Sunday evening, a St. Louis couple, Mark and Patricia McCloskey, owners and attorneys at McCloskey Law Center, pointed an AR-15 and a handgun at protesters breaking in and marching through their closed community’s private property. About 500 people walked into a gated area with the signs “private street” and “no trespassing” and headed toward the mayor’s home to demand her resignation after she read the names and addresses of several residents who supported defunding the police department during an online briefing.
It’s disturbing to watch how the Left turns on those who actually relate with the cause.
A heated discussion has erupted on Twitter around whether or not it was legal for the McCloskeys to brandish their semi-automatic rifle and pistol at a group of allegedly peaceful unarmed protesters. “A BLM sign in their front yard would have kept them safer than the guns,” wrote a Black Lives Matter supporter condemning the property owners’ behavior. Well, maybe yes, and maybe no.
Some of the protesters are neither peaceful nor respectful of private property rights. Yesterday, Black Lives Matter activists started to harass, berate, and assault Catholics who were peacefully praying for peace, unity, and the protection of the Saint Louis statue, which the protesters wanted to tear down. They also vandalized the front of Olympia Mayor Cheryl Selby’s home Friday night.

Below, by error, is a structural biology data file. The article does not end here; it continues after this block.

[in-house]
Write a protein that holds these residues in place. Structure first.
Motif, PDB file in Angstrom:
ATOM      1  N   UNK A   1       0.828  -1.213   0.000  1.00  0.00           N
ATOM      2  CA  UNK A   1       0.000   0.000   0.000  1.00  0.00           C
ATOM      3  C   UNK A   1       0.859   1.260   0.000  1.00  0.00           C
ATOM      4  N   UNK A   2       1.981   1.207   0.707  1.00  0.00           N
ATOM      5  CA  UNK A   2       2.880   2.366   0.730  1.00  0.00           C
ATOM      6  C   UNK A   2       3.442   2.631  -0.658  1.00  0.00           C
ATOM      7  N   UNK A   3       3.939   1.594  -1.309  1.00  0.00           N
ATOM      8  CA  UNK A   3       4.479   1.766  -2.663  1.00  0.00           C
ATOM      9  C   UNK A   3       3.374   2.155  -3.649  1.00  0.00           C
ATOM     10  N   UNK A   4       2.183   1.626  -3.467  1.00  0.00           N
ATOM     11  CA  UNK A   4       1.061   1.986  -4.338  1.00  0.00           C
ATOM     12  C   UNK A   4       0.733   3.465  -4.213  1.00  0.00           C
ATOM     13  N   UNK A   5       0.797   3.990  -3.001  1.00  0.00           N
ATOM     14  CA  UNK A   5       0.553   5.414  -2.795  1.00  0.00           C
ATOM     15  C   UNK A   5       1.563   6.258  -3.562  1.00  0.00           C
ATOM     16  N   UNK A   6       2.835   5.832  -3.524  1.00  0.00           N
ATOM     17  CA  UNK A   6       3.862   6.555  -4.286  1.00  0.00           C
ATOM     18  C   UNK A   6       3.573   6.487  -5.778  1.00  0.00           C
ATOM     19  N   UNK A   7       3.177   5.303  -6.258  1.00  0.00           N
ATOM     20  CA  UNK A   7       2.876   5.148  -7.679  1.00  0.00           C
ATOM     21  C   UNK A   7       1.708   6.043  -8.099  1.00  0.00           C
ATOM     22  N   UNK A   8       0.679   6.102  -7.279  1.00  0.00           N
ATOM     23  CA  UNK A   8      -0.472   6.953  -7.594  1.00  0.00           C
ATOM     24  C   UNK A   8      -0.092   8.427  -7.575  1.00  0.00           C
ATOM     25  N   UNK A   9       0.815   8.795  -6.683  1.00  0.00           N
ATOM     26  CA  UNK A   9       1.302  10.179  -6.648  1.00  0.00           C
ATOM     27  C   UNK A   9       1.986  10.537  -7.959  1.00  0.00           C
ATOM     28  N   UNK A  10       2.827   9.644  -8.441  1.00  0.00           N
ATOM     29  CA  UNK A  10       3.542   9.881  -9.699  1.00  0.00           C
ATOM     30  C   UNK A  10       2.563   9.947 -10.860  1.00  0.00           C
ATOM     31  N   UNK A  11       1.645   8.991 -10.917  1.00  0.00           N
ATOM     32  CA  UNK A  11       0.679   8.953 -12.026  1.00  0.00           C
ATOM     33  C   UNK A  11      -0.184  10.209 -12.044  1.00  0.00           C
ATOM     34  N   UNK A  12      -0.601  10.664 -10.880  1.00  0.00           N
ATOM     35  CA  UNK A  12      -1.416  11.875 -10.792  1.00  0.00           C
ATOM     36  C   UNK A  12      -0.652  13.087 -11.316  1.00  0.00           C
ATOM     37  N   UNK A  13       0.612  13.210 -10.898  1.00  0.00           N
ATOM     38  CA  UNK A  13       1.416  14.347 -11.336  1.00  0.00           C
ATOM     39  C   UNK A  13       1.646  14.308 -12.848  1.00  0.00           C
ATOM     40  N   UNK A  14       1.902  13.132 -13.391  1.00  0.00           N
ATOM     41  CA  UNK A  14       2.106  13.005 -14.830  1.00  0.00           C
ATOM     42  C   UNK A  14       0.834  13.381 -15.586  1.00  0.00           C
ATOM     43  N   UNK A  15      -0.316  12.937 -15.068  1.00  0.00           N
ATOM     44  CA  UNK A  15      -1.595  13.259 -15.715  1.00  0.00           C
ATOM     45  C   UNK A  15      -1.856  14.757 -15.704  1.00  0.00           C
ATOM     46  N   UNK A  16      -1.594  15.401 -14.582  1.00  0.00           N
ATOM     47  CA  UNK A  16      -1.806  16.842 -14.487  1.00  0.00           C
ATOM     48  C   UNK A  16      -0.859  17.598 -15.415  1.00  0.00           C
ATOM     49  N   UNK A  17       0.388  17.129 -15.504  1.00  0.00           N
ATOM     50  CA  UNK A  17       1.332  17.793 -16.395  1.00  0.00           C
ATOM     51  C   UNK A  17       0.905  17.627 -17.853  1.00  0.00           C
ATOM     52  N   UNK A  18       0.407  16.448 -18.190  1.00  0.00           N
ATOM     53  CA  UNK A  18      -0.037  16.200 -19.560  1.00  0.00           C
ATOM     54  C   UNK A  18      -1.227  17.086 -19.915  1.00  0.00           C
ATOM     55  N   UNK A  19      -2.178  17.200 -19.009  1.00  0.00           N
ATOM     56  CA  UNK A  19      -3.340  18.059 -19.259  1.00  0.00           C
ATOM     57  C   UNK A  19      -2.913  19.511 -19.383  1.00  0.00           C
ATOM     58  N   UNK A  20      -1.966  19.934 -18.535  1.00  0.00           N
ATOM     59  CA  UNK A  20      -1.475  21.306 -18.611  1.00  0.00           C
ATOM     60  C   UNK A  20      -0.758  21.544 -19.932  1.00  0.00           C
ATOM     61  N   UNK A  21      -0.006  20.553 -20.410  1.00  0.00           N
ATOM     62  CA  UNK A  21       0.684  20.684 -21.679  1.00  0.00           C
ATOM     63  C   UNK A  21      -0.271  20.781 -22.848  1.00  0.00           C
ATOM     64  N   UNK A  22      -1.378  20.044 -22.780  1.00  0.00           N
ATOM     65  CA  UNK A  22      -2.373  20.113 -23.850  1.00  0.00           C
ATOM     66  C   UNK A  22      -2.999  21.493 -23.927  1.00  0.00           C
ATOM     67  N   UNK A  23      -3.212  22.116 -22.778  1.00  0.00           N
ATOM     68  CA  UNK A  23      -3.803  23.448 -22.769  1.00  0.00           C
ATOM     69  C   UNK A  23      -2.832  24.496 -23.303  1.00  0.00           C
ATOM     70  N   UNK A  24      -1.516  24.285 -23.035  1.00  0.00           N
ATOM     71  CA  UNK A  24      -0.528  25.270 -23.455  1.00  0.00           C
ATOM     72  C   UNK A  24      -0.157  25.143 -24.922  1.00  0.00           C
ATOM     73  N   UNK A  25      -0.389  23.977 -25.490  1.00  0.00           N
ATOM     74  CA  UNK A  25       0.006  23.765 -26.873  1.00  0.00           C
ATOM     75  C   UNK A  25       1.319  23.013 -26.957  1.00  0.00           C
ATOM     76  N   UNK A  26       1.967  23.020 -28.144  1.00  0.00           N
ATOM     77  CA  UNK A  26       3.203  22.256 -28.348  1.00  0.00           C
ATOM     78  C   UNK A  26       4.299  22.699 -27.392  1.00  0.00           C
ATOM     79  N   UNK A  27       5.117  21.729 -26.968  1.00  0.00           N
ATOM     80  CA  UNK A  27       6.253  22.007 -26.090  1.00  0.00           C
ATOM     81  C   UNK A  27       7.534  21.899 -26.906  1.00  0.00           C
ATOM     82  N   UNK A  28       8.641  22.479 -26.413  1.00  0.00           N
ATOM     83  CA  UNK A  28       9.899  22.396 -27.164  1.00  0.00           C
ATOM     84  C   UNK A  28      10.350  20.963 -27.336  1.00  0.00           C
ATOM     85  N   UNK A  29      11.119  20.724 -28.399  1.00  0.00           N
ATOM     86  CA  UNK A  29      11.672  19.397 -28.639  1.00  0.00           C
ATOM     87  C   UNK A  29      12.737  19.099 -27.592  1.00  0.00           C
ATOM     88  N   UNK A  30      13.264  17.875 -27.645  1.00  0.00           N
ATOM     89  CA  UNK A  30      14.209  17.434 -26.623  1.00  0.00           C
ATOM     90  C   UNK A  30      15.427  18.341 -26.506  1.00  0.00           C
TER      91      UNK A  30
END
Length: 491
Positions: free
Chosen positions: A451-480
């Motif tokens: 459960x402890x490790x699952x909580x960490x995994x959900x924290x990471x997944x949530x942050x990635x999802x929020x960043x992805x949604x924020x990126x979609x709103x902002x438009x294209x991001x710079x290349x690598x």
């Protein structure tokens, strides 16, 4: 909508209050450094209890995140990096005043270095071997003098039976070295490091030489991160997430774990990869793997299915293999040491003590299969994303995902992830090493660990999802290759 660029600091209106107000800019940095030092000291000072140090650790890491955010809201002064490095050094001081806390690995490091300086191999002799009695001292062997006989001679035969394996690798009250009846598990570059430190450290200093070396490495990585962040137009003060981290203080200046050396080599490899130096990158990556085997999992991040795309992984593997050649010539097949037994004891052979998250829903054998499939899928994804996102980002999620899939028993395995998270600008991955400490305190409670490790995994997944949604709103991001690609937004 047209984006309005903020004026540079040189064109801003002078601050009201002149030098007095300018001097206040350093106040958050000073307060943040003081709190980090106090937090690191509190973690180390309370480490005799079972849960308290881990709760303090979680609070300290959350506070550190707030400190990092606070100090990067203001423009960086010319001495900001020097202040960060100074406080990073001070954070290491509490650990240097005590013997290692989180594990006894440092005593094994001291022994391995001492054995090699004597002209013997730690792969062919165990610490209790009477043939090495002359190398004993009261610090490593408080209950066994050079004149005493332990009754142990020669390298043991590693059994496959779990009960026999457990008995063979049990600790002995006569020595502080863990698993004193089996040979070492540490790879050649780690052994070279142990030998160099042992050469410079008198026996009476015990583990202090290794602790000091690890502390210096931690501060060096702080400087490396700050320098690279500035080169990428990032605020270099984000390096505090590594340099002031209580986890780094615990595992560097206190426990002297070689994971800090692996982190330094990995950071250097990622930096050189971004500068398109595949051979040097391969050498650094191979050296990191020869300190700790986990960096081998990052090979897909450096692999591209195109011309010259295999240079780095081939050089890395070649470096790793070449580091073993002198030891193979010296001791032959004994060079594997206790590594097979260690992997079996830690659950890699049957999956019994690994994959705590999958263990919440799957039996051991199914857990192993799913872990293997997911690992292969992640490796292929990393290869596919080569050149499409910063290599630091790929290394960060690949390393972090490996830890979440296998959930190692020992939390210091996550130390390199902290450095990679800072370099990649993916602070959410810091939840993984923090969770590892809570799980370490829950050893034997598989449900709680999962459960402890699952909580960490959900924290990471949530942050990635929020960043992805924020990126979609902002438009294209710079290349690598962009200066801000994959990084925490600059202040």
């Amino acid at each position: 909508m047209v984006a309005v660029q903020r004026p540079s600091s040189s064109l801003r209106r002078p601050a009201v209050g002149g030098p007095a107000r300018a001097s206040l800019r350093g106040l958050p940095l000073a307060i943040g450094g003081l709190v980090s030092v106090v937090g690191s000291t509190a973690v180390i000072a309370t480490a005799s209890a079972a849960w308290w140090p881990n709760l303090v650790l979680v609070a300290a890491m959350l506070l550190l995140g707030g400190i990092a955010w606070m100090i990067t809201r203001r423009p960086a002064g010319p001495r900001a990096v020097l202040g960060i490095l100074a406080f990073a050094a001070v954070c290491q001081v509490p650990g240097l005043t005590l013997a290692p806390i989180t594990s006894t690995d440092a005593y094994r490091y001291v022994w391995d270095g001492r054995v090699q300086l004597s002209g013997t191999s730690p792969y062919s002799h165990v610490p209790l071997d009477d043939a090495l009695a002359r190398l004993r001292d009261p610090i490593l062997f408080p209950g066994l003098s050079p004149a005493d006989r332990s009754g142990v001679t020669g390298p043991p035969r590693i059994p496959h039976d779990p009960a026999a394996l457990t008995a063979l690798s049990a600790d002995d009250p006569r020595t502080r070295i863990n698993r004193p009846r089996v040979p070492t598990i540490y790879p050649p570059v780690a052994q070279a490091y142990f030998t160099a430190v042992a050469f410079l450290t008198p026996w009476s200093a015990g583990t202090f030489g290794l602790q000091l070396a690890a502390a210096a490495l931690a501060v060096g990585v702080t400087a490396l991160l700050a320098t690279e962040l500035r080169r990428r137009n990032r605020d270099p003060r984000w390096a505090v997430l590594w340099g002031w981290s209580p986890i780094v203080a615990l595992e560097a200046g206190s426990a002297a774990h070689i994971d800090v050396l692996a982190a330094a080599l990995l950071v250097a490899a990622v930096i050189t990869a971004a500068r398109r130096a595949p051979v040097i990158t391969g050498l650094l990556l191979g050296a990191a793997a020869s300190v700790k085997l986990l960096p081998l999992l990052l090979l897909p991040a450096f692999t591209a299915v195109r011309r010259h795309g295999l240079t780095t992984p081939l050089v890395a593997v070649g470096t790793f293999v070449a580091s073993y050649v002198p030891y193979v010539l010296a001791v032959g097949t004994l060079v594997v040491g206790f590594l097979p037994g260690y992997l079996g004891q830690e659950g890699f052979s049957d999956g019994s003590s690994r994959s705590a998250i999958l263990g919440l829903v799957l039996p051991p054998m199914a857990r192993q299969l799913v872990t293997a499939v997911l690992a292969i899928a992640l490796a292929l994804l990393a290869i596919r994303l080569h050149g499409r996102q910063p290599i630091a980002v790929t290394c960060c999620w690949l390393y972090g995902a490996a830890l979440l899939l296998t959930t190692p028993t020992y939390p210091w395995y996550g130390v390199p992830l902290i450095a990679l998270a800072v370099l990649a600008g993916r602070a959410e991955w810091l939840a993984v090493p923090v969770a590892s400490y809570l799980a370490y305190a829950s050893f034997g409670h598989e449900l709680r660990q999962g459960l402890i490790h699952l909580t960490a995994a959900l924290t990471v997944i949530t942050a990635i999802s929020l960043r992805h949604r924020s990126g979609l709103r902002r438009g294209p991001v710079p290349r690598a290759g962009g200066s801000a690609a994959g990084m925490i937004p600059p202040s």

Unwilling to see the reasons why the McCloskeys could have felt threatened and thus forced to protect their neighborhood, the Left has swiftly turned to its favorite tactic: find where the victims work and get them fired, or at least ruin their reputation. On social media, people have called for the couple to be arrested and disbarred. The angry internet mob immediately went on Google Maps and changed the description of McCloskey Law Center from attorney to public bathroom. Pictures of Mrs. McCloskey holding a gun with the hashtag KarensGoneWild are now trending on Twitter.
It’s disturbing to watch how the Left turns on those who actually relate with the cause; Mr. McCloskey is the attorney for a man suing the St. Louis Police in a brutality case. “I’m glad that the law enforcement agencies are subject to the same standard as everybody else,” said Mark McCloskey to the Associated Press.
It is not clear how this situation will be interpreted by Missouri law. The initial St. Louis Police report, however, identifies the McCloskeys as the victims in the incident. “Police said the couple claimed protesters were ‘yelling obscenities and threats of harm to both victims’ and that they brought out their guns when they ‘observed multiple subjects who were armed.’ ” Police did not mention in the report if officers verified whether or not any protesters were armed.
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